There’s nothing wrong with these good things, but none of them actaully defines the core of who we are. None of these things come with us when we die. I believe it was St. John of the Cross who said, “At the evening of our lives we will be judged on love.”     So how does stuff relate to our capacity to love? St Augustine tells us that “any lessening of concupiscience (the disordered and selfish desire for or attachment to things) means an increase in charity (generous love for others).” So the less our heart is crammed with stuff, the more room there is for people.     I want to relate this again to how we use our time. What has the time you spend dealing with your excess stuff (at least if you have too much of it like me) prevented you from doing for others? Perhaps volunteering at an old folks home, visiting a lonely relative, having a friend over who really could use a heart to heart chat, etc.     Or what does needing to constantly clean and organize prevent you from doing for yourself? Reading great books? Exercising? Meditating? Praying? Reflecting? Writing? Wouldn’t doing these things make you happier than trying to shuffle around the belongings you don’t know what to do with?     We don’t want to live caught on the surface of life, amidst our clutter. We want to go deeper, love better, ponder life’s meaning and find ways to nourish our souls. Having too much stuff can trap us in the superficial…so there’s only one solution: get rid of it and free yourself to live better!     I’ll write more on doing major decluttering soon, including insights from organizational master Marie Kondo’s book “the life-changing magic of tidying up: the Japanese art of decluttering and organizing.” Until then, all the best, and remember, you are not your stuff, you are so much more! Trimming the excess clutter will only free you up to be more yourself…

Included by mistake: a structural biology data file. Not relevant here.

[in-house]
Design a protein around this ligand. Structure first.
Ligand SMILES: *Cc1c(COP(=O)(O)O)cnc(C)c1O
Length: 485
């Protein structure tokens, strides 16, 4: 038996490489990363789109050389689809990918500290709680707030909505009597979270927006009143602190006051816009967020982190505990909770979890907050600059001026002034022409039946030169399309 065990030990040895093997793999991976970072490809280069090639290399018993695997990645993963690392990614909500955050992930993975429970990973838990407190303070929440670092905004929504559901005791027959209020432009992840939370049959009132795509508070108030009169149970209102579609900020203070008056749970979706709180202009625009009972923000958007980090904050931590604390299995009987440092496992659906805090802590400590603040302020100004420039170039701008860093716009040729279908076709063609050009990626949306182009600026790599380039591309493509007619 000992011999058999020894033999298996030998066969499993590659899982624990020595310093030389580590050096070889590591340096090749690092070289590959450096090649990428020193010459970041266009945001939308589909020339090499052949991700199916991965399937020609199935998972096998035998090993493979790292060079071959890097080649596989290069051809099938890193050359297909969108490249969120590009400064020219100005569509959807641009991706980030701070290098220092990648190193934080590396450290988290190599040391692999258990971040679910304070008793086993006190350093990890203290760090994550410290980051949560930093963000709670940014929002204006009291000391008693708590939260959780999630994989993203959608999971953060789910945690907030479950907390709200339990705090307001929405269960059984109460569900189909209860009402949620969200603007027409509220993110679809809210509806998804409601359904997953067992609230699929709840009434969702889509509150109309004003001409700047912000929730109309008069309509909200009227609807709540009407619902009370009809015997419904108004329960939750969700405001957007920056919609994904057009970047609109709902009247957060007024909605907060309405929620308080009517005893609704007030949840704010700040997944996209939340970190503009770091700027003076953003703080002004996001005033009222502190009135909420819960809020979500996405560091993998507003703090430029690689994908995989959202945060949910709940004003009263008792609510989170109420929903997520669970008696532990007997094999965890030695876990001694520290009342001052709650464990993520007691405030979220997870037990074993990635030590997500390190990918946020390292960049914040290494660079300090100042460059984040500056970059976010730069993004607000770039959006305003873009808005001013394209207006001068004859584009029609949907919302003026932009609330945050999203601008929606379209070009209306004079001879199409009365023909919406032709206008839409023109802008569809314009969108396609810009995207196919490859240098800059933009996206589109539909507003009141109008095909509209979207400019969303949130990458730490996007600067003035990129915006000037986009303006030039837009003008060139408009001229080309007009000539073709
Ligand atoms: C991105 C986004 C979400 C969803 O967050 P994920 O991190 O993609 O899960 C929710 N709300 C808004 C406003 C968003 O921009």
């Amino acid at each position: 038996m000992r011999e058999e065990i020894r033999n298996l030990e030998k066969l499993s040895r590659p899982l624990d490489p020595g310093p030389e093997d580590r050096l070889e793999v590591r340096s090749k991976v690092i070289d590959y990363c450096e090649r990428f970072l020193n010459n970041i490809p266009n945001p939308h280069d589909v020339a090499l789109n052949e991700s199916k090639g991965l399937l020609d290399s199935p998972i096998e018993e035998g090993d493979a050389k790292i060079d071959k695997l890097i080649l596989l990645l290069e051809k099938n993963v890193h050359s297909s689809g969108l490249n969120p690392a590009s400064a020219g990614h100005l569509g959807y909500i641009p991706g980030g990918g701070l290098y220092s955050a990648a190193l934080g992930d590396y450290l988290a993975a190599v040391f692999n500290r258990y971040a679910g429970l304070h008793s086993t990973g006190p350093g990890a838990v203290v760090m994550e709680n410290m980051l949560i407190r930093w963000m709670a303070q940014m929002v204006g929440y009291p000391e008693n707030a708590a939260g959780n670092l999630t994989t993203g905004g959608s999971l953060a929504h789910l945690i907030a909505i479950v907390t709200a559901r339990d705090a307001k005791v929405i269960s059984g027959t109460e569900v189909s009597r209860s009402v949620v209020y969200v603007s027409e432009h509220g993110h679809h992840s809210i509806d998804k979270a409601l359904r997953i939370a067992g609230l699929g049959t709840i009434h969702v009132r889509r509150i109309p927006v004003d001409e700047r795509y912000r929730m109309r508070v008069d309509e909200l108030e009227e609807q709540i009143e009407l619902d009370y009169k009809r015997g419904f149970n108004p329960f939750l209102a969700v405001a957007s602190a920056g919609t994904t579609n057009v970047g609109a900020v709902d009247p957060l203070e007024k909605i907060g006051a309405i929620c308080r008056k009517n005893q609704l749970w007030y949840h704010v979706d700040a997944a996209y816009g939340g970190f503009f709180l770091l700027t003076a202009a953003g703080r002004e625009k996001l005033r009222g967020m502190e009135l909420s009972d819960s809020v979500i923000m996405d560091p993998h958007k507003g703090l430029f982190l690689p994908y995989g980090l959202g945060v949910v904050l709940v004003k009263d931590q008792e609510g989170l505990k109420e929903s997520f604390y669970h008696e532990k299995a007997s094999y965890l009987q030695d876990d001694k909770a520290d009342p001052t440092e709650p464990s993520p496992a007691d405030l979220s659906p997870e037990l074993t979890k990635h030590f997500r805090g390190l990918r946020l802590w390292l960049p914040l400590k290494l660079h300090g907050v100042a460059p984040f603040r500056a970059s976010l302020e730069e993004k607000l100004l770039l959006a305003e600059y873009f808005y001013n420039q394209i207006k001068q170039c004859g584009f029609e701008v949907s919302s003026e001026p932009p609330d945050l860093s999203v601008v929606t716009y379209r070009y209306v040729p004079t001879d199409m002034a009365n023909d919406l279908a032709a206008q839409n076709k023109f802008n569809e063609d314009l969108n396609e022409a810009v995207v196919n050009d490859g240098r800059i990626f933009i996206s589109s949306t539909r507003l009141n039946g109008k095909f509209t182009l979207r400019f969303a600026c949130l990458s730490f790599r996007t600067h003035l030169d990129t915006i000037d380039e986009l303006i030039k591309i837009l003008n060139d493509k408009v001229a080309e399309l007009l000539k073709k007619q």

If It’s Only By Crying…

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If it’s only by crying
that I can understand
the tears of others
then let me wear them like pearls

If it’s only by losing hope
that I can bring it to others
then let it fly away

If it’s only by breaking my heart
that it can become
big enough to hold everyone
break it

If it’s only by my desolation
that I can walk the valley of grief
with others
then strip me bare

Let my fragility bring others courage
my vulnerability, strength

And from my emptiness
let Your light burst forth
and shine

Lead us through the valley of grief
because if we walk it together
it will bring us Home

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Into Loving Arms: Rescuing Korea’s Abandoned Babies

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I’ve had the honour of previewing a very beautiful film called “The Drop Box.” It is about a courageous South-Korean man, Pastor Lee Jong-rak, and his loving wife, who care for babies abandoned on the streets of Seoul with a delicacy and tenderness that frequently moved me to tears.